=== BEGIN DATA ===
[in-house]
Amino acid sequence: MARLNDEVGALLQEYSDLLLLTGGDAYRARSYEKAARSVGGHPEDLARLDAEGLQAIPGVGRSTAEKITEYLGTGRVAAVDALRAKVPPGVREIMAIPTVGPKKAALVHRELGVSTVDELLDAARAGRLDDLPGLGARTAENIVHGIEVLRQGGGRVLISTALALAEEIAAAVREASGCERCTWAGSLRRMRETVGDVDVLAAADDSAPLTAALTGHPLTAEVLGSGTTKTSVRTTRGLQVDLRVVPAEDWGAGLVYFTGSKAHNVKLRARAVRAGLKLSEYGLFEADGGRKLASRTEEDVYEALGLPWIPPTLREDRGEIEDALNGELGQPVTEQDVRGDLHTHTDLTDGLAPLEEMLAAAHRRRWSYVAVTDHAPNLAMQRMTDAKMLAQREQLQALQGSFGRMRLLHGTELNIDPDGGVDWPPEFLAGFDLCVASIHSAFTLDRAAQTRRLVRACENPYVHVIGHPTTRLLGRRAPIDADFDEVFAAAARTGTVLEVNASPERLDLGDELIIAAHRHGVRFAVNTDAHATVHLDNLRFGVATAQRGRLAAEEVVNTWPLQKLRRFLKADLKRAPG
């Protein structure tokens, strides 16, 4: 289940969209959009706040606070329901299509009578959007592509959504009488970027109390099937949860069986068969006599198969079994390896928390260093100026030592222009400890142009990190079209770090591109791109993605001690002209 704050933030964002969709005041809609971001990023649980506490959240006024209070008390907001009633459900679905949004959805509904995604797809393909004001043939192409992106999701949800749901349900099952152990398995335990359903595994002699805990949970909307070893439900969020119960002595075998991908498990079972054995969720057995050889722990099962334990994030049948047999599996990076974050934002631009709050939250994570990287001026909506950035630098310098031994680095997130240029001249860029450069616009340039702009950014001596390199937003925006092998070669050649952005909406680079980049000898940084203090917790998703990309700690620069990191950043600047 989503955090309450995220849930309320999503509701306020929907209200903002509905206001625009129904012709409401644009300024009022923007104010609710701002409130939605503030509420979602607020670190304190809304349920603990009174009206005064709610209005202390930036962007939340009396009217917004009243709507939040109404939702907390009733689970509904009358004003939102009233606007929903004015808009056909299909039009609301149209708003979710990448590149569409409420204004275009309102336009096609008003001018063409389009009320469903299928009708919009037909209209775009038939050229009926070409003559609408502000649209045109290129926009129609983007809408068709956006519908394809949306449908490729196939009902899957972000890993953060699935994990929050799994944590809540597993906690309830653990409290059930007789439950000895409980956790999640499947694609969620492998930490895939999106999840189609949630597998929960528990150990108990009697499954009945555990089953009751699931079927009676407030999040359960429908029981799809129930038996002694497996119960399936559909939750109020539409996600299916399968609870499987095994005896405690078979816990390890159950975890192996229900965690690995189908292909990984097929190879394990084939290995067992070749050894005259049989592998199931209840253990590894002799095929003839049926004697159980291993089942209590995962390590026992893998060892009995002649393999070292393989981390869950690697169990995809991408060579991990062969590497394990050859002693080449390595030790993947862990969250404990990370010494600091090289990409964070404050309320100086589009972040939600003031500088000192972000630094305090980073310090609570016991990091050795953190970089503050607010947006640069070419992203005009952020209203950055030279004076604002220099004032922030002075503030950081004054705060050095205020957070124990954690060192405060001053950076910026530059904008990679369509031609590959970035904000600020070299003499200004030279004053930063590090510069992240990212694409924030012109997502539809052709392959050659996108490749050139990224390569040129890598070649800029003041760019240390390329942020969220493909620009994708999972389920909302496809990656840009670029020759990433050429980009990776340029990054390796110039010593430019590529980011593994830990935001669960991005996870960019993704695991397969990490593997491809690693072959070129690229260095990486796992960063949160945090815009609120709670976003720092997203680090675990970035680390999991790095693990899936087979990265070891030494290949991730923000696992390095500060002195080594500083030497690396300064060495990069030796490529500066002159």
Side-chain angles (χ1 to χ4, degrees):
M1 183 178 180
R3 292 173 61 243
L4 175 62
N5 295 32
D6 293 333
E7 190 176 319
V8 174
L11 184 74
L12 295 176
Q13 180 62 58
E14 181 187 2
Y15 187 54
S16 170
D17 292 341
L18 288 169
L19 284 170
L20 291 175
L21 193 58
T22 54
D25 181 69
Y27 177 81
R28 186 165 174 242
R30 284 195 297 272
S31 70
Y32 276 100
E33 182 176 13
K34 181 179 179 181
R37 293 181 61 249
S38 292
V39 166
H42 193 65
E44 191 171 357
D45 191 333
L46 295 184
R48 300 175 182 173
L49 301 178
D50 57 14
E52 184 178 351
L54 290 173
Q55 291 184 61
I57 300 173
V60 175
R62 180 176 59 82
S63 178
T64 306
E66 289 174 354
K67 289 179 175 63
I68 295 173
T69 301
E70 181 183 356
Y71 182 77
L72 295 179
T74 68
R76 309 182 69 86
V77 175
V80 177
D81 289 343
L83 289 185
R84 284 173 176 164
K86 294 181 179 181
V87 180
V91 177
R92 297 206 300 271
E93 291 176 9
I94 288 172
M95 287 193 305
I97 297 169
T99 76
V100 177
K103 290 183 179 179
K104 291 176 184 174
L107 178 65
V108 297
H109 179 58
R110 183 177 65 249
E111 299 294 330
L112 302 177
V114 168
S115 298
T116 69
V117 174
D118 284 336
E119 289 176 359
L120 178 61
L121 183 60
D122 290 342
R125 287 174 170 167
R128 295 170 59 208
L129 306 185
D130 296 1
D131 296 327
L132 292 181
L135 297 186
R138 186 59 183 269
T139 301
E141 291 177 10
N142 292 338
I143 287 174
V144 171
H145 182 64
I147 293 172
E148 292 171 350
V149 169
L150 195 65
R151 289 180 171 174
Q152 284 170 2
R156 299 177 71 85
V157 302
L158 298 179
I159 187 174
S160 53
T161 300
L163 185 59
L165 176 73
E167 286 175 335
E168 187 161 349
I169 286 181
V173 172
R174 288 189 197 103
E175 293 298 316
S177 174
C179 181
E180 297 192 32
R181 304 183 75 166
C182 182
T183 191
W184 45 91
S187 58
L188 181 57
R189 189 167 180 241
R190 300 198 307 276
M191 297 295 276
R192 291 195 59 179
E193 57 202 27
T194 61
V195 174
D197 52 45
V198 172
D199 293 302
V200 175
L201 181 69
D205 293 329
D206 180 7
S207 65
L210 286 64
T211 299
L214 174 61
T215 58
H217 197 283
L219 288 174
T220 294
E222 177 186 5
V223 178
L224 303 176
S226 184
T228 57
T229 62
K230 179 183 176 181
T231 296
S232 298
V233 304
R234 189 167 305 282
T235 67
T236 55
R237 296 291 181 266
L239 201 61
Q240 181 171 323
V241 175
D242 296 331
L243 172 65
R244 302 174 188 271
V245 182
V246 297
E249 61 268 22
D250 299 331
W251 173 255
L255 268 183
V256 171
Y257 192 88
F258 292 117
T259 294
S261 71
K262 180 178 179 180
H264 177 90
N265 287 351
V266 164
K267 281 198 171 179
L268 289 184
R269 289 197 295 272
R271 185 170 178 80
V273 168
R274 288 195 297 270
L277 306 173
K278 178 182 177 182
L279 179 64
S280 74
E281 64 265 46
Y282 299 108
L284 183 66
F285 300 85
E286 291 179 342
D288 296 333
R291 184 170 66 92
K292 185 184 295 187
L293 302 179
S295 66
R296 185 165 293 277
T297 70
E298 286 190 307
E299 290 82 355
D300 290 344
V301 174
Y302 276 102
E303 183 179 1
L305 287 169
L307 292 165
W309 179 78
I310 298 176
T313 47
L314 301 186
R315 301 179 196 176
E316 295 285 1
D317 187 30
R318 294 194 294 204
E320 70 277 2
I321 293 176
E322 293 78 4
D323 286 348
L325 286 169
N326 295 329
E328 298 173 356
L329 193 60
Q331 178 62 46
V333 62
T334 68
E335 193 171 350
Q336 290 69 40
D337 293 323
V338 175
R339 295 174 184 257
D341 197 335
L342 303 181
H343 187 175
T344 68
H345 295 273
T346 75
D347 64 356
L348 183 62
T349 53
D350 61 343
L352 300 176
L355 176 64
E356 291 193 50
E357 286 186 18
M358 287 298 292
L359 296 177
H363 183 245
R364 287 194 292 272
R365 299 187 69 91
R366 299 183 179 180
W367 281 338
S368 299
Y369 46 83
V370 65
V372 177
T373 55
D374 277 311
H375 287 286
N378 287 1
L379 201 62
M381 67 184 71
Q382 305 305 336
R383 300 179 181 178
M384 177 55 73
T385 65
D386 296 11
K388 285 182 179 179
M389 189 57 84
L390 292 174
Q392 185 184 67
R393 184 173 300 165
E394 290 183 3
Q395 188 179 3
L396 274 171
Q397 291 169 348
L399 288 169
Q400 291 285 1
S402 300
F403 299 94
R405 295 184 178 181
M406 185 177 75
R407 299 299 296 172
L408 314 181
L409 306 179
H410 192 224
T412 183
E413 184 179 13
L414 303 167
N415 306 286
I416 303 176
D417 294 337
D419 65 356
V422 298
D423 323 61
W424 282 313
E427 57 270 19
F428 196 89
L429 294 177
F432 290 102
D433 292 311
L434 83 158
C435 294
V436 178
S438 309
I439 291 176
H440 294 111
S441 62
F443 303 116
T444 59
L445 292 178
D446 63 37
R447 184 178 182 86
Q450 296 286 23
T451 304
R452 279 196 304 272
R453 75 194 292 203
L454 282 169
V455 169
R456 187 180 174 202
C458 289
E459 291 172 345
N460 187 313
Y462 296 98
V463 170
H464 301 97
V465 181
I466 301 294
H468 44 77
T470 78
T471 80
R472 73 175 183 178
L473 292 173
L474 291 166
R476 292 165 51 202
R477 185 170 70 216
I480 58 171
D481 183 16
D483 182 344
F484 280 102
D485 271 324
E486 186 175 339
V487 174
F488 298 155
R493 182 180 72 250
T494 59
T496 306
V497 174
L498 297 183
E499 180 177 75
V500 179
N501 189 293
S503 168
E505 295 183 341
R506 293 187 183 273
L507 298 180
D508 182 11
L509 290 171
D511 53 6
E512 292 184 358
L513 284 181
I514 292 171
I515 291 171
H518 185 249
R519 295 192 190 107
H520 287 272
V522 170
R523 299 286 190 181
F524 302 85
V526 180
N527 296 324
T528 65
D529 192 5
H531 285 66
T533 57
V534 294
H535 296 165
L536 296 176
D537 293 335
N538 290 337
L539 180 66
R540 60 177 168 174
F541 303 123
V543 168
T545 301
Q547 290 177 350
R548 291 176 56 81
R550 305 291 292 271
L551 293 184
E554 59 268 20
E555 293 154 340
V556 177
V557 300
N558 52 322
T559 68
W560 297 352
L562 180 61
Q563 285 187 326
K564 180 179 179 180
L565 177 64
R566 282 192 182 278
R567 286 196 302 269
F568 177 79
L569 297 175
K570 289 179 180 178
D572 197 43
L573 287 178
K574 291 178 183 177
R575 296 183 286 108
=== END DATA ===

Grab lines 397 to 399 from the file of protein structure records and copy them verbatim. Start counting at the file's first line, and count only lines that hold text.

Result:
V543 168
T545 301
Q547 290 177 350